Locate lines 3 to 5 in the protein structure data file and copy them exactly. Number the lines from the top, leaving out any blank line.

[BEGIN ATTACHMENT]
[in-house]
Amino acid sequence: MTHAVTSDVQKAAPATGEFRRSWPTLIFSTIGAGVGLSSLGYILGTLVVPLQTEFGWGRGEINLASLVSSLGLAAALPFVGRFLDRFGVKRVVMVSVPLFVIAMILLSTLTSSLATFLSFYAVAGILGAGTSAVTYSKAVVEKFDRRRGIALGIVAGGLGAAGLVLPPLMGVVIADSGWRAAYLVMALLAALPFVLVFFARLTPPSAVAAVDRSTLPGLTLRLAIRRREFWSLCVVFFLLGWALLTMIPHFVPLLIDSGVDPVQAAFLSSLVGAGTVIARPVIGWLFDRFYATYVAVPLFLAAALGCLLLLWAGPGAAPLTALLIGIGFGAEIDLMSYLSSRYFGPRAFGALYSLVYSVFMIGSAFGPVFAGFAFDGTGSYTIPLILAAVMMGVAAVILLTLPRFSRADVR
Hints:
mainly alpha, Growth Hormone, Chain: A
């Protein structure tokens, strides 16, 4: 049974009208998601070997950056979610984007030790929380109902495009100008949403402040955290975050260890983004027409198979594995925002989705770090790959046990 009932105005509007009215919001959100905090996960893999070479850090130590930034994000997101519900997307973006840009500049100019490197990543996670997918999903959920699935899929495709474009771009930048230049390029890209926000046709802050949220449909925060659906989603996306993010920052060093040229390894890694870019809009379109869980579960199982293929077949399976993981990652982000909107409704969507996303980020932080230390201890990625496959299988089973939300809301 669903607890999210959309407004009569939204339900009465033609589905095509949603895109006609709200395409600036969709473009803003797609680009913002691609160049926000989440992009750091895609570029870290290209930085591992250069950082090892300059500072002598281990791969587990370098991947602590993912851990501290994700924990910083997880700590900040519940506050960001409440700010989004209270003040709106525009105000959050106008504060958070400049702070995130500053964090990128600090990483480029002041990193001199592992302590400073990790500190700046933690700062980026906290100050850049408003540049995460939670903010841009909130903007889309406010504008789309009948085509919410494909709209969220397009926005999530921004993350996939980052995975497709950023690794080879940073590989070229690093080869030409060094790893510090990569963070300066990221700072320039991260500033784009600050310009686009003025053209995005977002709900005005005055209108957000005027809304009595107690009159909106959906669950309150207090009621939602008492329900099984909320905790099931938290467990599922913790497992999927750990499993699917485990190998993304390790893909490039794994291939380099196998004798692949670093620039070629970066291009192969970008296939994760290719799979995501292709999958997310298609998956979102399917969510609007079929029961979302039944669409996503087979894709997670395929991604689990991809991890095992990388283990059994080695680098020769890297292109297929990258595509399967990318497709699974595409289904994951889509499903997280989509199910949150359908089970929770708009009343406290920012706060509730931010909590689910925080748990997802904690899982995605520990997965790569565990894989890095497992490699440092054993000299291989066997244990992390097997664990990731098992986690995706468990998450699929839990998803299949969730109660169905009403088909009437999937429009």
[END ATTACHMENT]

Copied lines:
Hints:
mainly alpha, Growth Hormone, Chain: A
């Protein structure tokens, strides 16, 4: 049974009208998601070997950056979610984007030790929380109902495009100008949403402040955290975050260890983004027409198979594995925002989705770090790959046990 009932105005509007009215919001959100905090996960893999070479850090130590930034994000997101519900997307973006840009500049100019490197990543996670997918999903959920699935899929495709474009771009930048230049390029890209926000046709802050949220449909925060659906989603996306993010920052060093040229390894890694870019809009379109869980579960199982293929077949399976993981990652982000909107409704969507996303980020932080230390201890990625496959299988089973939300809301 669903607890999210959309407004009569939204339900009465033609589905095509949603895109006609709200395409600036969709473009803003797609680009913002691609160049926000989440992009750091895609570029870290290209930085591992250069950082090892300059500072002598281990791969587990370098991947602590993912851990501290994700924990910083997880700590900040519940506050960001409440700010989004209270003040709106525009105000959050106008504060958070400049702070995130500053964090990128600090990483480029002041990193001199592992302590400073990790500190700046933690700062980026906290100050850049408003540049995460939670903010841009909130903007889309406010504008789309009948085509919410494909709209969220397009926005999530921004993350996939980052995975497709950023690794080879940073590989070229690093080869030409060094790893510090990569963070300066990221700072320039991260500033784009600050310009686009003025053209995005977002709900005005005055209108957000005027809304009595107690009159909106959906669950309150207090009621939602008492329900099984909320905790099931938290467990599922913790497992999927750990499993699917485990190998993304390790893909490039794994291939380099196998004798692949670093620039070629970066291009192969970008296939994760290719799979995501292709999958997310298609998956979102399917969510609007079929029961979302039944669409996503087979894709997670395929991604689990991809991890095992990388283990059994080695680098020769890297292109297929990258595509399967990318497709699974595409289904994951889509499903997280989509199910949150359908089970929770708009009343406290920012706060509730931010909590689910925080748990997802904690899982995605520990997965790569565990894989890095497992490699440092054993000299291989066997244990992390097997664990990731098992986690995706468990998450699929839990998803299949969730109660169905009403088909009437999937429009």